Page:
DROPS: Ownership and Data Rights

Project Lead

Dr Anna Chatzimichali, supported by Prof. Glenn Parry


The rise of inter-connected digital goods and services marked the end of an era of local data storage in user-owned equipment. In the new era of remote computing, user data is almost always stored in third party remote resources. This shift made ownership of digital assets and data privacy increasingly abstract. Within this setting the legal community is struggling to grasp the concept of ownership in digital environments, whilst concurrently the technical community has recently started to realise the increasing value of privacy and ownership of digital assets.

Most novel technologies, from apps to cars, require user data to operate. The quality of such user data, as well as a clear model of their ownership, is crucial to the everyday operation of most digital goods, but also extremely valuable for the design of future goods. However, the landscape of ownership of such user-generated data records (or personal data) is unclear. Currently, no organisation has the obligation or the capacity to protect digital personal data and data protection usually happens only as a result of personal interest.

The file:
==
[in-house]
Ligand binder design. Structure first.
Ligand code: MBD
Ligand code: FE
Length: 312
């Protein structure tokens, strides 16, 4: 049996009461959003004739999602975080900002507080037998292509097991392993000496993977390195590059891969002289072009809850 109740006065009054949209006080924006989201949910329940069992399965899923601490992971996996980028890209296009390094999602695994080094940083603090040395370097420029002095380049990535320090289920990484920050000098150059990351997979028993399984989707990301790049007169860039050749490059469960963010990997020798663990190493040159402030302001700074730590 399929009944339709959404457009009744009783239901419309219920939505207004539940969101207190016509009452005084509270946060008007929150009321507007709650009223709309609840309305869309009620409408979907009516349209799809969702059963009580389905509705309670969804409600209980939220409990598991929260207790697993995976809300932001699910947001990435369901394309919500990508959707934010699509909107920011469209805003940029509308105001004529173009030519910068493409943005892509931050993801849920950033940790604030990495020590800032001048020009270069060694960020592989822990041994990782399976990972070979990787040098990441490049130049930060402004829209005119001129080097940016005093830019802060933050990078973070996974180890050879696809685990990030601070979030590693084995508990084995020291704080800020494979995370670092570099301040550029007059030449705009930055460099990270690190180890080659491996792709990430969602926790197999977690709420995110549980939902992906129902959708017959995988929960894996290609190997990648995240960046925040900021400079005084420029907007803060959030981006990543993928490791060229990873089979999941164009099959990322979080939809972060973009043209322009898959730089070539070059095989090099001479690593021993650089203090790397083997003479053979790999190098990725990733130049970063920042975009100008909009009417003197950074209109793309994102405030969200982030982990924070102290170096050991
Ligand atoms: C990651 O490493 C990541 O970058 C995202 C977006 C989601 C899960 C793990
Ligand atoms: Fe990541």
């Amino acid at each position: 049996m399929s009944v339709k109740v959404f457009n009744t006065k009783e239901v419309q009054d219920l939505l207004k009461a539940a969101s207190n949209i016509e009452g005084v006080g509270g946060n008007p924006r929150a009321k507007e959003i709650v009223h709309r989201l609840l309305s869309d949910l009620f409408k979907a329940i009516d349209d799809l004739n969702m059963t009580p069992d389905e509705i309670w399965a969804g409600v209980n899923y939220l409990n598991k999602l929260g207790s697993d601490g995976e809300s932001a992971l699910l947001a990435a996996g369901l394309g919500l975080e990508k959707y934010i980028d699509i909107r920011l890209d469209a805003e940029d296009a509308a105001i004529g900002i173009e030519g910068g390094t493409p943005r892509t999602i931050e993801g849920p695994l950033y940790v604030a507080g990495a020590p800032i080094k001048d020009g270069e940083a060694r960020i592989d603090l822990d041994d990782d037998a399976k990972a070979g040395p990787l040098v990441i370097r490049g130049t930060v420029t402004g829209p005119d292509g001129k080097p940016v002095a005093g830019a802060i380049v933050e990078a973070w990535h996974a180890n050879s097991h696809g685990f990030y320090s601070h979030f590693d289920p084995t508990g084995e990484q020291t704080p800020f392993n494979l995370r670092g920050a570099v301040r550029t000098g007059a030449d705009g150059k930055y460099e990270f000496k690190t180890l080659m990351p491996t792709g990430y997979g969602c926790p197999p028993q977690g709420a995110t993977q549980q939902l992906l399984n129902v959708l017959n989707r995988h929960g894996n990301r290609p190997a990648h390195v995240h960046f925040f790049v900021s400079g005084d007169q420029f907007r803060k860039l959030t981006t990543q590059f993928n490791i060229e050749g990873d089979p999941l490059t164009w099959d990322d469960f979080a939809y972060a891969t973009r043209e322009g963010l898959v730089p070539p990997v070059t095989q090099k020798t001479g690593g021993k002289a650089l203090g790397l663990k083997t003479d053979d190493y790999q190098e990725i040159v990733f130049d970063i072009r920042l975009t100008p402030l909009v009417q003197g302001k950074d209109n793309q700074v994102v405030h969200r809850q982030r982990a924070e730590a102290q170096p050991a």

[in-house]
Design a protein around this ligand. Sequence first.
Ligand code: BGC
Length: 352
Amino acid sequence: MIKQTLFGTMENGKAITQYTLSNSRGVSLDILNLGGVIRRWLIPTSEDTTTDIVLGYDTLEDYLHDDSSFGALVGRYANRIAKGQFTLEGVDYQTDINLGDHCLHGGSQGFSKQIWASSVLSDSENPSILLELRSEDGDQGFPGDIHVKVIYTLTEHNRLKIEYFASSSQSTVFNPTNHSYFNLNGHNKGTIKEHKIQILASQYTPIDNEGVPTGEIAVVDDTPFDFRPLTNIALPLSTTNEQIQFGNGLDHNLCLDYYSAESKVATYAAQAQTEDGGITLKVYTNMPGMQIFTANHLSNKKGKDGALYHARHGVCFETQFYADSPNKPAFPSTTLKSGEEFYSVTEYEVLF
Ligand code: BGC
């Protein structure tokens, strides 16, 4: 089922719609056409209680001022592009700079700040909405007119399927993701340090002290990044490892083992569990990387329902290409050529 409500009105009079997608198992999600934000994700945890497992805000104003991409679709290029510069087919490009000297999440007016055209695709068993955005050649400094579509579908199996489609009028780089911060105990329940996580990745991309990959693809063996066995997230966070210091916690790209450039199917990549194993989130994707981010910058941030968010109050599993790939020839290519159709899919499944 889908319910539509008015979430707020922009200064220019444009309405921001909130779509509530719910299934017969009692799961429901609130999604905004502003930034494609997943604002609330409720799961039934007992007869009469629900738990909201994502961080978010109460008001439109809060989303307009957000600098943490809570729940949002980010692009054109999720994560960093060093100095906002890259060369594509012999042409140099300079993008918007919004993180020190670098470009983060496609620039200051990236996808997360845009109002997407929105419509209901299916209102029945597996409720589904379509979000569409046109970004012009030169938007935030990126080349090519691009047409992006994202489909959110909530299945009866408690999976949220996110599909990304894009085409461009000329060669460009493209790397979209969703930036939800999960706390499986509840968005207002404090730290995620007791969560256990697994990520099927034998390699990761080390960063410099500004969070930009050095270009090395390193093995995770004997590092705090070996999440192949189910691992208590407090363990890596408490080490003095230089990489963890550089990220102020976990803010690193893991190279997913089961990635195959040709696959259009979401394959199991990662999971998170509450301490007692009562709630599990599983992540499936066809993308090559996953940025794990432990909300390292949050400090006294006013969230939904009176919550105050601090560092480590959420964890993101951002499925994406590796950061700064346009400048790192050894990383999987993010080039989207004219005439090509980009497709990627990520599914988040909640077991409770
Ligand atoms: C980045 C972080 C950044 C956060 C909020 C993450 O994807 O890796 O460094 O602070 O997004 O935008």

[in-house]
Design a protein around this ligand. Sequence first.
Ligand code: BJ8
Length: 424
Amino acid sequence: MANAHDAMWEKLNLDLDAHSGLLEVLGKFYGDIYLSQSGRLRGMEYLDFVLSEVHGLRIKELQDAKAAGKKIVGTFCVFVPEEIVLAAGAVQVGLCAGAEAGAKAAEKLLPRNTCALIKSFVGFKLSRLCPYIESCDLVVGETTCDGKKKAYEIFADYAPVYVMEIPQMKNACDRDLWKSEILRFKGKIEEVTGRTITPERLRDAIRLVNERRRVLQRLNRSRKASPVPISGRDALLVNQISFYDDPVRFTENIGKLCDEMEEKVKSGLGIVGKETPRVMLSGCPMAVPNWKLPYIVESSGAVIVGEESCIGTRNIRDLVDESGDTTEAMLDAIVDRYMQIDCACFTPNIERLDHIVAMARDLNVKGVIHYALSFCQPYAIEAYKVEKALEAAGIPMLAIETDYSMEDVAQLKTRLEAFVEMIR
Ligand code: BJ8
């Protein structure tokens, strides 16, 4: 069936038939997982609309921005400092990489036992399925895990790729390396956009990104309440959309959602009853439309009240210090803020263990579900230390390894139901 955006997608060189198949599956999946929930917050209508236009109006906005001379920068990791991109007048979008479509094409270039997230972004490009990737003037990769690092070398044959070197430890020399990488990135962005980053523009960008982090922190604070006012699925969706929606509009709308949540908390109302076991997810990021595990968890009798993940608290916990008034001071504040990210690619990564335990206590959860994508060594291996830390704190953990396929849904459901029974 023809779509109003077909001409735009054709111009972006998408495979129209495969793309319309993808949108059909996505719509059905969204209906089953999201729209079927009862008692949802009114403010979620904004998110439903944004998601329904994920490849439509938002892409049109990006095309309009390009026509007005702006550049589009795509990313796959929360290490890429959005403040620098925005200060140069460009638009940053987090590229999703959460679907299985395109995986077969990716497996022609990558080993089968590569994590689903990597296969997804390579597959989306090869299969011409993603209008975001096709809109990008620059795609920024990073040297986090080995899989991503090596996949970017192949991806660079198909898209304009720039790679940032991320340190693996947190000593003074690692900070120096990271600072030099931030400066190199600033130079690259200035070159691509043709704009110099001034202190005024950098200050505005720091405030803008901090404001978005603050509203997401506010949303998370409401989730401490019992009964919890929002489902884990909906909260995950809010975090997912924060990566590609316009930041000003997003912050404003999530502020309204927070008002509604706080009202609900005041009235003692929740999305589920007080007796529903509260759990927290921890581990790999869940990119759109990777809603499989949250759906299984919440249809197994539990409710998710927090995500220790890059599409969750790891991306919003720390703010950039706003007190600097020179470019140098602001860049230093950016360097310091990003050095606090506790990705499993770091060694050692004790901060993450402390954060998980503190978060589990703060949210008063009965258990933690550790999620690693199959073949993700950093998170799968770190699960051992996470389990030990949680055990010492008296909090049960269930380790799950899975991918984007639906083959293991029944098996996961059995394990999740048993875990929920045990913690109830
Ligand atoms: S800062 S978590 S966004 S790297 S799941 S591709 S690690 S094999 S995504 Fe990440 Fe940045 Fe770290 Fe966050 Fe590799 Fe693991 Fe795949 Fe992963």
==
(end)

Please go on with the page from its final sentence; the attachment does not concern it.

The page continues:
The Hub of All Things [HAT] microservers are hosted in the cloud, but due to their inherent architectural characteristics they attribute Intellectual Property (IP) rights directly to the user. The microservers therefore have the potential to create a new class of IP rights. A crucial question that remains open is how to attribute IP rights to the datasets generated within a collaborative space, the computational and data storage process of a device employing personalising technology i.e., ThingSpace/ThingBox. 

Research Question

The subject of the current proposal is to investigate the legal underpinning of prevailing commercial practices in the digital world and their impact in the distribution of rights regarding data generation and ownership. Initial studies suggest that IP literature does not cover digital right architectures. Therefore this work will build a bridge between the legal and the technical considerations of ownership in dynamic digital environments. Specifically, research is focussed on rights relating to data within ThingSpace/ThingBox.

The main research questions this work will answer are:

  • What are data rights architectures?

  • How are those architectures structured and what are their legal underpinnings?

  • How do they function within dynamic digital environments?

This work will specifically focus on ownership of data generated within a collaborative personalisation space, such as ThingSpace/ThingBox.

This project is part of the DROPS project.